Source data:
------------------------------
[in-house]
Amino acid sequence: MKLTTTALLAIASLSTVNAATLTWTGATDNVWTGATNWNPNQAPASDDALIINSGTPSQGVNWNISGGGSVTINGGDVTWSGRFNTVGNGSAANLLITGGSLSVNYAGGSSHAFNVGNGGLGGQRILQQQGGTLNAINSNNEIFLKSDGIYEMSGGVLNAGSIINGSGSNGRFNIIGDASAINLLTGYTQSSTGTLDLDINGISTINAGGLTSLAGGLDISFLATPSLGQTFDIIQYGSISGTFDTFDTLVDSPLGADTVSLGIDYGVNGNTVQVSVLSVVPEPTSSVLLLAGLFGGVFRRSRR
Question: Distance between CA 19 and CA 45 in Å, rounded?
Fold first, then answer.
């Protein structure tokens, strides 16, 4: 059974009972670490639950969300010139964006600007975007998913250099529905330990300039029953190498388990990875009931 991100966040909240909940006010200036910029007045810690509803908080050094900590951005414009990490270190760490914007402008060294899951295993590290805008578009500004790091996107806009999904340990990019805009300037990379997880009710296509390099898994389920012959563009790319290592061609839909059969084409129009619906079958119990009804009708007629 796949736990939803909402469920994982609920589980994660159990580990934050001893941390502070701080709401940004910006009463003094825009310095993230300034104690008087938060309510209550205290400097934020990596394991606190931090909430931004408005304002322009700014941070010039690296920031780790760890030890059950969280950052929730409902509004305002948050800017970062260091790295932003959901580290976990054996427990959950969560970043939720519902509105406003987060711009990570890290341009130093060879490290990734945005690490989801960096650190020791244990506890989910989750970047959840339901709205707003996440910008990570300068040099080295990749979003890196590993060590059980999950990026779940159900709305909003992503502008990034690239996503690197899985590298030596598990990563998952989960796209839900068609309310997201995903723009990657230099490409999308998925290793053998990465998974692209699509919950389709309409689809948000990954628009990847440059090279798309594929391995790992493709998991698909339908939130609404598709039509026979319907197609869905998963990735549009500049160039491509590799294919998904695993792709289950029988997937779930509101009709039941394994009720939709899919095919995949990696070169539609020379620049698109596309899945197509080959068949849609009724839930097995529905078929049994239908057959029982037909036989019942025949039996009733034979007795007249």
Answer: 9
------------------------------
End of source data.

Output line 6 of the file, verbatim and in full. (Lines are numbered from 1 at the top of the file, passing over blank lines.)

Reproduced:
Answer: 9